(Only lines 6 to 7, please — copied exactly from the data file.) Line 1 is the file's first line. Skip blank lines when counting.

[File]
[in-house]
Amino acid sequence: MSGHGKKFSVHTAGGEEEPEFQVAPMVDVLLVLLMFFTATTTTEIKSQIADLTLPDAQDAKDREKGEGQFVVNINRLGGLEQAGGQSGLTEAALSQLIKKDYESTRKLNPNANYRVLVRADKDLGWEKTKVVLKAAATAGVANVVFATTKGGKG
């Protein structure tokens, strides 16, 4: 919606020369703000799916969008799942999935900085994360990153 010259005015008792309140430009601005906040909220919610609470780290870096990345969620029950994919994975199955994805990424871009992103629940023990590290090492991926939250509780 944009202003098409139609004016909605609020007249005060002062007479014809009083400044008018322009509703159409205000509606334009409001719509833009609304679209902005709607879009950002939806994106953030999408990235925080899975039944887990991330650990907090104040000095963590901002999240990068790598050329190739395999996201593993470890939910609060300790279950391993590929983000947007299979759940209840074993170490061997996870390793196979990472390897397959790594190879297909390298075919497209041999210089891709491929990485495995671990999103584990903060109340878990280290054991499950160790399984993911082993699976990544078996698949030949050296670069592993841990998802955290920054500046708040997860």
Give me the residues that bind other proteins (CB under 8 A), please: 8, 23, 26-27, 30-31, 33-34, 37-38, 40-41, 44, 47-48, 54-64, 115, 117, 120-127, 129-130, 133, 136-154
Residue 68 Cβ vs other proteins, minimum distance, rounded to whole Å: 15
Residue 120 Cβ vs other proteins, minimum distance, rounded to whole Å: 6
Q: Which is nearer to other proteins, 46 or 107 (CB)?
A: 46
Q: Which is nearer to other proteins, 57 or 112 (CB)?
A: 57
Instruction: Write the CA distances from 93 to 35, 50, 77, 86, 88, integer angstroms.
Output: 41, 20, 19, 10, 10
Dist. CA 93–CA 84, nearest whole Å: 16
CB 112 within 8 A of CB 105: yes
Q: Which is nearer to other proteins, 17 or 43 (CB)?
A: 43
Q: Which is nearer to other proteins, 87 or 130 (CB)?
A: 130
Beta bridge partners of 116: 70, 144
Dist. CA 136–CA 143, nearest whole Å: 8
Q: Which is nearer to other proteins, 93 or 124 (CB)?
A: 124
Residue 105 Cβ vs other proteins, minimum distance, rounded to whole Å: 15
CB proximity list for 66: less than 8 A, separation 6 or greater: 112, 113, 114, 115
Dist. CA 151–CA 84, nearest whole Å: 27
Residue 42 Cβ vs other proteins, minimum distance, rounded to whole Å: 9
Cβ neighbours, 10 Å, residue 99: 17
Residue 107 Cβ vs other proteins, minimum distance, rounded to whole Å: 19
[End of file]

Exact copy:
Residue 120 Cβ vs other proteins, minimum distance, rounded to whole Å: 6
Q: Which is nearer to other proteins, 46 or 107 (CB)?